President Donald Trump and Attorney General Jeff Sessions have a very clear view on immigration. They support cracking down on illegal immigrants, using whatever tools the federal government has at its disposal. California officials, with Governor Jerry Brown at the forefont, have the opposite view. They vow not to cooperate with federal immigration efforts. This has prompted a legal and political showdown in the Golden State.
In March, President Trump traveled to California and attacked the state’s immigration laws, saying, “You have sanctuary cities where you have criminals living in the sanctuary cities.” This occurred shortly after Attorney General Jeff Sessions filed suit against California to stop it from enforcing three laws that pertain to immigration.
The first law being challenged by the Trump Administration is a “sanctuary state” statute. This prohibits state and local law enforcement from inquiring about a person’s immigration status when they are arrested or sharing information with federal immigration authorities. The bill also prohibits law enforcement from cooperating with enforcing federal immigration detainers unless someone has been convicted of certain crimes within the past 15 years.
The challenge to this bill is on shaky legal ground, according to many experts. State and local governments have no duty to cooperate with federal law enforcement or enforce federal laws. The Supreme Court has ruled that the federal government cannot pass laws that mandate states do so. To the extent that this bill prohibits state cooperation with federal immigration agencies, then it appears to be able to withstand the Trump Administration challenge.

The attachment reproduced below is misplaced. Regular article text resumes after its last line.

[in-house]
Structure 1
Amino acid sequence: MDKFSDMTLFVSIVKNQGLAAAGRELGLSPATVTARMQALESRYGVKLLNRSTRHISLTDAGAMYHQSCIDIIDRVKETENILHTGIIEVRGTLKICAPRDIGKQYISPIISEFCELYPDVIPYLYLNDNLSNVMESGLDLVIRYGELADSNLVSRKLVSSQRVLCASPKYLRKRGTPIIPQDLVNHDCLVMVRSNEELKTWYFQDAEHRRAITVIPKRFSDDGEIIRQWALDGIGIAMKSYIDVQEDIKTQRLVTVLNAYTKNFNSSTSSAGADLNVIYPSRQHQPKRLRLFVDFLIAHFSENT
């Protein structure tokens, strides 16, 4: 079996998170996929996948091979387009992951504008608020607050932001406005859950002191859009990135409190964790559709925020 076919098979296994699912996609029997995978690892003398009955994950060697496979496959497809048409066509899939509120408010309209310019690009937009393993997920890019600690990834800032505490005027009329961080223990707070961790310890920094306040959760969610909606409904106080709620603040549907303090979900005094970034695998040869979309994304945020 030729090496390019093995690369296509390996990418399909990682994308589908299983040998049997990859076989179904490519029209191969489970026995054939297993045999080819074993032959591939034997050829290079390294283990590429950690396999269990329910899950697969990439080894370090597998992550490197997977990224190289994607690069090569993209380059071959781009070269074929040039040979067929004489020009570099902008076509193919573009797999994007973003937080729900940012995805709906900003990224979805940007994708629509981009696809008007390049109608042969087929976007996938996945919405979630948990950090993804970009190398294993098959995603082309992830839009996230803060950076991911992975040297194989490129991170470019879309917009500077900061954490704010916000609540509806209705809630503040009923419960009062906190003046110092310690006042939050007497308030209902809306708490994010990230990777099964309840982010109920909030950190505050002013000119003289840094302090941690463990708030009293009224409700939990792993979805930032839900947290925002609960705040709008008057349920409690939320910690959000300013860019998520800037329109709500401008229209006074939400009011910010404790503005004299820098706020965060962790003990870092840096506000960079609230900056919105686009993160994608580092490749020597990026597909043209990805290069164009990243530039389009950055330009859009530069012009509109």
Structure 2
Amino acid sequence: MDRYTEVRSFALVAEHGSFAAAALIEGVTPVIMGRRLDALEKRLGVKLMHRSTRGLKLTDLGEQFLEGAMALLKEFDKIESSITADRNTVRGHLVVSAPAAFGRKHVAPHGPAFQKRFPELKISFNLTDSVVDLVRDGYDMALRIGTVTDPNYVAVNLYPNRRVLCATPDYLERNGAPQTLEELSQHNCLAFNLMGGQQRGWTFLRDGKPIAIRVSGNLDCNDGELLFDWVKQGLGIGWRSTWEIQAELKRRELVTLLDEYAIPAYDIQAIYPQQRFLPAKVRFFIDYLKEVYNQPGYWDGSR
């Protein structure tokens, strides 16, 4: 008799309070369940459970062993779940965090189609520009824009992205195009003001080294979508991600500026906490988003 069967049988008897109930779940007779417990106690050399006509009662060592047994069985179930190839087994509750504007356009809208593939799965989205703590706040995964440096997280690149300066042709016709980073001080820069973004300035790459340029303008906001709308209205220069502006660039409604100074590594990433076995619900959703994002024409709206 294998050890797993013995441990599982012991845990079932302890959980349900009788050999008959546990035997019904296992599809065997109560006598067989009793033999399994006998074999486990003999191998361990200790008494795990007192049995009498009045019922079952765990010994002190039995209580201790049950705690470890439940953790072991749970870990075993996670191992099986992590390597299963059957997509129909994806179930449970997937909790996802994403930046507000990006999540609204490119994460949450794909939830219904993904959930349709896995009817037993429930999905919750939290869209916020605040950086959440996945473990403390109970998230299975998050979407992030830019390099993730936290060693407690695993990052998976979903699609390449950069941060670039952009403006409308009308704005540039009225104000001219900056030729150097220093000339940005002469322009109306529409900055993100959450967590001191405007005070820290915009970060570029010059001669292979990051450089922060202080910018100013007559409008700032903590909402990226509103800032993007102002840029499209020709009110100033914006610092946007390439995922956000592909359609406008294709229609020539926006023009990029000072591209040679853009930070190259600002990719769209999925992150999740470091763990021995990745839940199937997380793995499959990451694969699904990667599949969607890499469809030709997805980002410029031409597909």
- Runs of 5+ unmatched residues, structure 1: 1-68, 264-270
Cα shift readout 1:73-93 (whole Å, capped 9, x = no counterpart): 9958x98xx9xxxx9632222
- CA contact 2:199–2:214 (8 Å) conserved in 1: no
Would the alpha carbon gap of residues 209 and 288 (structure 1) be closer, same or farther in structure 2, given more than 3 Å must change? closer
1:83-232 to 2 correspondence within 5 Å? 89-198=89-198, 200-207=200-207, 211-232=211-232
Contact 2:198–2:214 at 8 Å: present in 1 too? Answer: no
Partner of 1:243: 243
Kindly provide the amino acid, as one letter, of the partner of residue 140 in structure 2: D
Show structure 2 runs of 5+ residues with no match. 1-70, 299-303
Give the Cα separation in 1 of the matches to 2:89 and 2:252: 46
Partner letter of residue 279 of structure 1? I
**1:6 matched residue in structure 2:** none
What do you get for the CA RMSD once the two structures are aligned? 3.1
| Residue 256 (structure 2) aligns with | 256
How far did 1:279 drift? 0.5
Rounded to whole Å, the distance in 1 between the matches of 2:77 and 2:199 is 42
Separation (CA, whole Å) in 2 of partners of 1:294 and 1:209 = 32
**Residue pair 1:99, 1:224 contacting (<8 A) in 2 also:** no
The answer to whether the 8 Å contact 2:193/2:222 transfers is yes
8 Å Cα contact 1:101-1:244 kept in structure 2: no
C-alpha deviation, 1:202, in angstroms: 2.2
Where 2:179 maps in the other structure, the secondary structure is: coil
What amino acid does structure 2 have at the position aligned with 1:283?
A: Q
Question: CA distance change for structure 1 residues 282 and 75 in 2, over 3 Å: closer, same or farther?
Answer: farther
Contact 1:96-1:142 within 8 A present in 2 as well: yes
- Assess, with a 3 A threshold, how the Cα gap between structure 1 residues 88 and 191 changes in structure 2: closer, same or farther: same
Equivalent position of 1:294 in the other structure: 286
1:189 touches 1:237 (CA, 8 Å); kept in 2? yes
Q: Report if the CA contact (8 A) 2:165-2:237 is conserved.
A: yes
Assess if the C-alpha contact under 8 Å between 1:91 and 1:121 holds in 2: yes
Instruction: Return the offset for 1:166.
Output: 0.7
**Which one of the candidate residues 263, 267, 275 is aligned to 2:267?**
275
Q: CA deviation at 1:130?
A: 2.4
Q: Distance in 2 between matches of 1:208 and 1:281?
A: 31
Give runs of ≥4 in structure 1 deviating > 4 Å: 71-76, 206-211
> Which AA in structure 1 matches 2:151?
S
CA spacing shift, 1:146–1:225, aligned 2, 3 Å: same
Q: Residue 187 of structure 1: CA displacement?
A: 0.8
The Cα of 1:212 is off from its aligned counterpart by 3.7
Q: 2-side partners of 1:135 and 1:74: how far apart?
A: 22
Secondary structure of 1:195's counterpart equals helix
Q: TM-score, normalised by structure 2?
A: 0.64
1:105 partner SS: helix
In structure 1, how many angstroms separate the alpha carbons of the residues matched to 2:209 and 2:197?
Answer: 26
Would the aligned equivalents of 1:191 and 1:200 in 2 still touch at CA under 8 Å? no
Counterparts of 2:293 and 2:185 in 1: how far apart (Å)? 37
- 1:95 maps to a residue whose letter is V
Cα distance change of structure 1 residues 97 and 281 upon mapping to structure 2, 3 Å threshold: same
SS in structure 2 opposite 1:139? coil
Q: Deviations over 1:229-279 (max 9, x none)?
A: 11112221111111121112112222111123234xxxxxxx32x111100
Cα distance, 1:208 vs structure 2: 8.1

Attorney General Sessions probably has a better case against the other two laws, however. One of those laws bans private business owners from cooperating with federal immigration enforcement unless the federal authorities have a court order. Business owners that voluntarily provide the federal government with immigration information about employees or access to these employees could face fines of $100,000 under this law. The other law requires the state attorney general to investigate federal law enforcement efforts concerning immigration.
The California officials named in the federal suit, including Gov. Brown and Attorney General Xavier Becerra, contend that these laws are necessary to protect people who may be in the country illegally but are not harming anyone. The Trump Administration counters that California officials are unlawfully interfering with the federal government’s immigration power.
If California prevails in the suit, it is likely that other states led by Democratic elected officials will enact similar laws. If the Trump Administration wins, it may embolden Republicans to enact laws at the state and federal level to crack down further on illegal immigration.
Do you think that California law enforcement should refuse to cooperate with federal deportation efforts? Or is the Trump Administration right that California is interfering with federal immigration laws?